In the majority of Japanese schools, janitors or custodians are not hired for cleaning tasks. The Japanese education system upholds the belief that students should be responsible for maintaining their schools’ cleanliness. This practice instills values of respect, responsibility, and equality among students. By participating in communal cleaning activities called “osoji,” students learn to take care of their shared environment, develop teamwork skills, and appreciate the efforts of those who maintain cleanliness in other contexts.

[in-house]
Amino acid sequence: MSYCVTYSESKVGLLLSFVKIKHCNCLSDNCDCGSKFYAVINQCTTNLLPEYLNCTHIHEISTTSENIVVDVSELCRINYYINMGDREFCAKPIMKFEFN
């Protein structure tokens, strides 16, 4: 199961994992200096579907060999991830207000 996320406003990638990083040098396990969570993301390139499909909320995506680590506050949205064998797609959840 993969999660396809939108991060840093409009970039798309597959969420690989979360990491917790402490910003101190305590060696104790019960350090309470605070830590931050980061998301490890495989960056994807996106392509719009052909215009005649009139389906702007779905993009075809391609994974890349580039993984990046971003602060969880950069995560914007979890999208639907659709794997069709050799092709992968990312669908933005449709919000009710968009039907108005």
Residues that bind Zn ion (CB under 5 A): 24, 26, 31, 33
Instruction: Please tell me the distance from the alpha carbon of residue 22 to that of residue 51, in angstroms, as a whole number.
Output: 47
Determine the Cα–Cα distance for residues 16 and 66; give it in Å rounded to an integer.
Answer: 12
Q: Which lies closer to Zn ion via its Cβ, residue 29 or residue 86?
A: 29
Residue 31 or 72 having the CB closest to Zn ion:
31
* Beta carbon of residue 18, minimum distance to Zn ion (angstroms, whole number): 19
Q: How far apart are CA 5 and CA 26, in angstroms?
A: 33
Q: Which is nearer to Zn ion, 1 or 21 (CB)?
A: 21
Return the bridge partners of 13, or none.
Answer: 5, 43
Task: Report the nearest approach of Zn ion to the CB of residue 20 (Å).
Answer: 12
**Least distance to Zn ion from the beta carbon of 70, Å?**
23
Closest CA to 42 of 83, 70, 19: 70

Once, a school principal disciplined a mischievous student by making them sit in the basement and read the U.S. Constitution. That student, Thurgood Marshall, memorized the entire document in the process. Later in life, Marshall achieved the historic milestone of becoming the first African American Supreme Court Justice. As a civil rights advocate, he played an instrumental role in dismantling racial segregation and transforming the American legal landscape. Notably, Marshall argued and won the landmark case Brown v. Board of Education, which declared segregated public schools unconstitutional.